Penn State Hockey Enters A Post McAdam-Skoff Era
Few things are more unsettling in hockey than an upcoming season with an unfamiliar goalie. Goalies hold a leadership role comparable to that of a quarterback’s. With less than three weeks until Penn State’s season opener, it’s time to face reality — Eamon McAdam and Matt Skoff aren’t coming back.
I have to admit, coach Guy Gadowsky’s goalie rotation grew on me by the end of the season. What I once considered a hinderance to one goalie’s development, I now look back on as a necessary approach and a way to give each goalie essential breaks. College hockey has a long season filled with back-to-back games — the potential for burnout is high.
The realization dawns on me at the start of a new era. Gadowsky was adamant about his two-goalie structure last season, never once doubting it or indicating he’d change it — even after rough games. This leads me to believe he’s partial to the system in general, not just because McAdam and Skoff fit it well. Could we see more of the same this season?
If we do, it will be called the Funkey-Jones rotation, which is actually reason enough for Gadowsky to at least consider it. If we don’t, Chris Funkey and Peyton Jones will have to battle for the number one spot.
Funkey boasts experience between Penn State’s pipes. The 5’10, 175 lbs. sophomore played a total of 71:03 minutes as a Nittany Lion across a span of four games: Notre Dame, Michigan, Wisconsin, then Michigan again. Although he played for less than 15 minutes during the first two (13:12 against Notre Dame, 10:45 against MIchigan), he stopped a total of 4 shots and didn’t allow any goals. The biggest case for Funkey might be his 33:22 minutes in the Wisconsin game. His showing landed him our coveted Player of the Game award. Through the ~half hour, he posted 13 saves and allowed 0 goals in a comeback effort that fell short due to offensive woes. If this spurt of time is any indication, Penn State need not worry about its goalie. The issue here is in the “if” — he just hasn’t played enough for any proclamation of certainty. There’s not even enough here to make stats like save percentage meaningful. He allowed two goals in 13:44 during his second meeting with Michigan, but the team was already struggling and this was merely a symptom of that — not a cause.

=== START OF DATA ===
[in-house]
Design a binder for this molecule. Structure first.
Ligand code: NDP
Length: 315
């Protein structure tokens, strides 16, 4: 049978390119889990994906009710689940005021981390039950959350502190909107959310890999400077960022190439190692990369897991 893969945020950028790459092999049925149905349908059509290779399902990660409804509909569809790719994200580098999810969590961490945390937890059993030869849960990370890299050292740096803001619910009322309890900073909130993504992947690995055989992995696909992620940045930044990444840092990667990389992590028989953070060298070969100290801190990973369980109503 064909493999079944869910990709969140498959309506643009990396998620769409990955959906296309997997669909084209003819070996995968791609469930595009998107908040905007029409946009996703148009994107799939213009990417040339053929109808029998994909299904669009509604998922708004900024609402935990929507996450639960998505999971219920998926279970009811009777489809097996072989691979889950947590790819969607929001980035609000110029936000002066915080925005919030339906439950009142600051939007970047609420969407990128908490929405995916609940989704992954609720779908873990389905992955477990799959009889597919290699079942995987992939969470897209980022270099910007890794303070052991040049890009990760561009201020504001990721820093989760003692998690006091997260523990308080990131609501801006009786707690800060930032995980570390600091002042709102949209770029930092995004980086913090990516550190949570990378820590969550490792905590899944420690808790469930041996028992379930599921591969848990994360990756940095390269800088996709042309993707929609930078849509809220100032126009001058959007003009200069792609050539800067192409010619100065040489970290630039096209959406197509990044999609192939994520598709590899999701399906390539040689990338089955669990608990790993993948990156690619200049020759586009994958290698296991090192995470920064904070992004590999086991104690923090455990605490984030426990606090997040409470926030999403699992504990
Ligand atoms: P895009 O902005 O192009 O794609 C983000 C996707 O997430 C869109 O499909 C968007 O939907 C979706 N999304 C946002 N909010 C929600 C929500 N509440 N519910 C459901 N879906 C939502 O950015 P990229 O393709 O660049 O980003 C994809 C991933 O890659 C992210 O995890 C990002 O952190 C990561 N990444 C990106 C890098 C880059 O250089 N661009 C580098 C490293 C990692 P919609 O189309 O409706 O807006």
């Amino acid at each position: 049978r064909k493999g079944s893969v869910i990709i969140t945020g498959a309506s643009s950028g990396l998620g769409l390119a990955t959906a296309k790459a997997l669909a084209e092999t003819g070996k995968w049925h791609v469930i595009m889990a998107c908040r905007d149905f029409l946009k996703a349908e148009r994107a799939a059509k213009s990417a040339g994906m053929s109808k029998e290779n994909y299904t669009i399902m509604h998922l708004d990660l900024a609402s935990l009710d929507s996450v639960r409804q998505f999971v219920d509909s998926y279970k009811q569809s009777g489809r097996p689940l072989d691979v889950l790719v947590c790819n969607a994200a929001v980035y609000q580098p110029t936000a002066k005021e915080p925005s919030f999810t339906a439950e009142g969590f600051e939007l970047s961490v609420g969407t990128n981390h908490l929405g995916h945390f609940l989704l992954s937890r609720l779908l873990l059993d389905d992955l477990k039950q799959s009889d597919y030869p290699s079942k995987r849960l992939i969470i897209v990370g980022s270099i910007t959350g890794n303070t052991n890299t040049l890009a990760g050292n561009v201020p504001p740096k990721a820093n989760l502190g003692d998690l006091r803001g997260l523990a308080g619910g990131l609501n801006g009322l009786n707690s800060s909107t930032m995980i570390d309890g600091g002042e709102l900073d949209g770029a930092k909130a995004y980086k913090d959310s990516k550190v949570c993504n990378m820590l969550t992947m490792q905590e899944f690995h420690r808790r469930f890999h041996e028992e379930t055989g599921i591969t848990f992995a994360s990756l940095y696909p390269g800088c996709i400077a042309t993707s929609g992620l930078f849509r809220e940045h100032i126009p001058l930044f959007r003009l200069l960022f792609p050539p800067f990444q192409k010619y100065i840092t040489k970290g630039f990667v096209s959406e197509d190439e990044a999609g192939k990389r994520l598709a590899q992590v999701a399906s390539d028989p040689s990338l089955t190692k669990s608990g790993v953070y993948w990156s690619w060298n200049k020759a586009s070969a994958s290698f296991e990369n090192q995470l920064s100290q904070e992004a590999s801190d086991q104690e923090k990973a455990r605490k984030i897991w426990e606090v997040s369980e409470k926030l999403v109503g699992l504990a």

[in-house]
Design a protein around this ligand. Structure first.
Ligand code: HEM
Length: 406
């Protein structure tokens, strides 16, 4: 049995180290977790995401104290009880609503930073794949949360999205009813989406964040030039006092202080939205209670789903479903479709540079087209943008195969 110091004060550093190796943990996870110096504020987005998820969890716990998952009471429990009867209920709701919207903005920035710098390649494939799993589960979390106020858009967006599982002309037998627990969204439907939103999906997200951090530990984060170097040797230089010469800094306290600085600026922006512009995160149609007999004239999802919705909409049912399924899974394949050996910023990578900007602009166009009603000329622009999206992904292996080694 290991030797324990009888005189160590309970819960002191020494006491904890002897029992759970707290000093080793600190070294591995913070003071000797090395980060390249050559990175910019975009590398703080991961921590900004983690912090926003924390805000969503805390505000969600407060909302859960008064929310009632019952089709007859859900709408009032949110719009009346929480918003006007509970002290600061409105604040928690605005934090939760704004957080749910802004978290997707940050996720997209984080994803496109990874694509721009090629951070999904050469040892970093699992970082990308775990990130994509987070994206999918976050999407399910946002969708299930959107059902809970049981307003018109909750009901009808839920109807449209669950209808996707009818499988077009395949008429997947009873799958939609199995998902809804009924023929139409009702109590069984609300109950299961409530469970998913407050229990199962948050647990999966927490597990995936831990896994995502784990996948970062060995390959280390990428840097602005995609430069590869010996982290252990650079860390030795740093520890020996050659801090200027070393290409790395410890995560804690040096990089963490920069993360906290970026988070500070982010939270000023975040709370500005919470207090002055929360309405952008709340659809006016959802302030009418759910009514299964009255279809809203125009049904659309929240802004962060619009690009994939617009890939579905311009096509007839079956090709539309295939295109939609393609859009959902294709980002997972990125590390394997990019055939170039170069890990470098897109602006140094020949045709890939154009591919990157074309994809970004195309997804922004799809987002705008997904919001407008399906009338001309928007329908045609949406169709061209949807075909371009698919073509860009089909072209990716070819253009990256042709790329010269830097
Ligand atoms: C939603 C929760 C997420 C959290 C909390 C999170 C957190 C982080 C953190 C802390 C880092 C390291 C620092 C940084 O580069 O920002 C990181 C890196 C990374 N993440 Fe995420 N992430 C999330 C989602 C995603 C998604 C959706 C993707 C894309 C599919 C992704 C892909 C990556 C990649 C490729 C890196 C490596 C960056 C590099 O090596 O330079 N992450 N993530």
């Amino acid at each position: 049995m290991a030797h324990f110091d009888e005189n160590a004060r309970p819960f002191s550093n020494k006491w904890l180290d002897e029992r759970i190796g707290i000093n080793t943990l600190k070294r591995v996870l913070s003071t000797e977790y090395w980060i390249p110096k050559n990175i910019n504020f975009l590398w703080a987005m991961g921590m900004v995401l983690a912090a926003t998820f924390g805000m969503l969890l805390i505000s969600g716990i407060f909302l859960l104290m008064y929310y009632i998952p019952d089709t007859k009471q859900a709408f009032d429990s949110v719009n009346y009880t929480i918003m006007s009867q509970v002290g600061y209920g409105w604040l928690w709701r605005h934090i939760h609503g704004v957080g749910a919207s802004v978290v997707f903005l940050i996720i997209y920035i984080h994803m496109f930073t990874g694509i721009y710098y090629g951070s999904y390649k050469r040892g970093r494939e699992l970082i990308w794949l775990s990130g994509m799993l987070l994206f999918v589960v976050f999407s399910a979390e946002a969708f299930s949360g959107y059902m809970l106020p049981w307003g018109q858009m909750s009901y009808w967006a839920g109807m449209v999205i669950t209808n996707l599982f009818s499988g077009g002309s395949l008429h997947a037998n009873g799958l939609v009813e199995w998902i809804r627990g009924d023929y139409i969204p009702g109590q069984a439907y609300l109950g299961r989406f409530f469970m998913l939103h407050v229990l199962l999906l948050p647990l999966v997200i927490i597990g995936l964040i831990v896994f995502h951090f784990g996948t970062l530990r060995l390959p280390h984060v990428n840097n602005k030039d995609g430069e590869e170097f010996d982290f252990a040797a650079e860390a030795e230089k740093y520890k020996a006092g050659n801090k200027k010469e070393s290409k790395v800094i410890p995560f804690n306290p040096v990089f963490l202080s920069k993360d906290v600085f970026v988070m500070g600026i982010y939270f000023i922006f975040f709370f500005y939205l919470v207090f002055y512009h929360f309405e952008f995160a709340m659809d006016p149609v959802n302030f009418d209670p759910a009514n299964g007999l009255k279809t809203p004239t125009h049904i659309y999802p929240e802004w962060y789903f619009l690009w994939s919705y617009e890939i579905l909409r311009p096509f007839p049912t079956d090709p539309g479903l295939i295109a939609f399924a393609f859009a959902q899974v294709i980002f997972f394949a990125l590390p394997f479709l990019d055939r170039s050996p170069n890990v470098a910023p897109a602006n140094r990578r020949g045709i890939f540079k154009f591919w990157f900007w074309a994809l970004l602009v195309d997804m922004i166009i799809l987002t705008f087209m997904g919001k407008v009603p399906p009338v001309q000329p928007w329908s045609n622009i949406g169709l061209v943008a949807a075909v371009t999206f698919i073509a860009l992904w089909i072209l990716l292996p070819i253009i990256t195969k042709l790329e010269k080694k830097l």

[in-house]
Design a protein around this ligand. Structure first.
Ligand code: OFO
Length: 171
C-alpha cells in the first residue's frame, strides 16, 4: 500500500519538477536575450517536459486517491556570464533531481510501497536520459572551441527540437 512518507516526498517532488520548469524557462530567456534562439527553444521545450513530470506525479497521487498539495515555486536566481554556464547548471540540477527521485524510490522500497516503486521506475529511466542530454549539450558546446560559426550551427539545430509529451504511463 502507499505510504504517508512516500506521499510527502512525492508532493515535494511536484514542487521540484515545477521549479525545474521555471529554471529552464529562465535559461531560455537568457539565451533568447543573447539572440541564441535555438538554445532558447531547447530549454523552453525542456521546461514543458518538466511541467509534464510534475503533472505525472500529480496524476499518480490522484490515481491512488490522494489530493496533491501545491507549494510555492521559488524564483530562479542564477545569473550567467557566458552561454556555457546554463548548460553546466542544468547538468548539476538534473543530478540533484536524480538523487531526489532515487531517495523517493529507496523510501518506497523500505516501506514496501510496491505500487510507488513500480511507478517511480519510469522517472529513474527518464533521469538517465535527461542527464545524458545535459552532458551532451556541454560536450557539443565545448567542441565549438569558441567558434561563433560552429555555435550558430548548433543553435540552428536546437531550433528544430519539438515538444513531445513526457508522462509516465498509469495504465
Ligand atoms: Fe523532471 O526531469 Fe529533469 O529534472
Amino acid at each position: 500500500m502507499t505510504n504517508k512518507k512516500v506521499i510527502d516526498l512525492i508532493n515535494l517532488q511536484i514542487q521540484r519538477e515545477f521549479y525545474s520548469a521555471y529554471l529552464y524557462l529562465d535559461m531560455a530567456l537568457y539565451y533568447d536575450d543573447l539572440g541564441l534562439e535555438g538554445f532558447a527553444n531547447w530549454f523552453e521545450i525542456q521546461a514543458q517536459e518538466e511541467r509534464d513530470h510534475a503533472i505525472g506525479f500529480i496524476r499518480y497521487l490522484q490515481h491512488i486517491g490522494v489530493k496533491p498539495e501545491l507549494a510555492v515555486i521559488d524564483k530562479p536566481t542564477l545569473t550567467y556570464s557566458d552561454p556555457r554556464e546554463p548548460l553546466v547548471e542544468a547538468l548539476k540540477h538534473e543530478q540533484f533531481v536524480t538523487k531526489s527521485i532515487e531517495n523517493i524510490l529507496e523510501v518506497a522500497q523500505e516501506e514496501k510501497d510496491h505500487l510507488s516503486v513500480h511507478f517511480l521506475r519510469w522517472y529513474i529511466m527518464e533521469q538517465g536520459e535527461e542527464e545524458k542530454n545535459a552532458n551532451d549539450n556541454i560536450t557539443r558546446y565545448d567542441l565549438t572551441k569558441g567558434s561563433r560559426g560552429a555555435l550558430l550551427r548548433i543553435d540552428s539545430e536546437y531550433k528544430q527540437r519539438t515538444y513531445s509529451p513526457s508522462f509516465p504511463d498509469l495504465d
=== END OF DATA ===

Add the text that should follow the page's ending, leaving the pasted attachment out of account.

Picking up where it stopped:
We know even less about Jones. The 6’4, 210 lbs. freshman spent 2014-16 on the USHL’s Lincoln Stars. In the 2015-16 season, he racked up 2030 minutes of playing time (35 games, 19 wins 11 losses) for a .922 save percentage. You can look at all the stats in the world, but the transition from the USHL to #CawlidgeHockey changes players. Under Gadowsky’s leadership, I only imagine Jones will grow and improve. But you never know.
I’m not a huge fan of making predictions, but if you forced me to tell you what I think will happen, I’d say Gadowsky starts Funkey at first then transitions into a two-goalie rotation. No matter what happens, it’ll be fun to watch two promising goaltenders develop.
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About the Author
With no canning weekends held this year and canvassing eventually suspended as well, this year’s total is a testament to how committed THON volunteers truly are.
Totals aside, congratulations to every organization that volunteered with THON throughout this year to raise more than $10 million for the kids.
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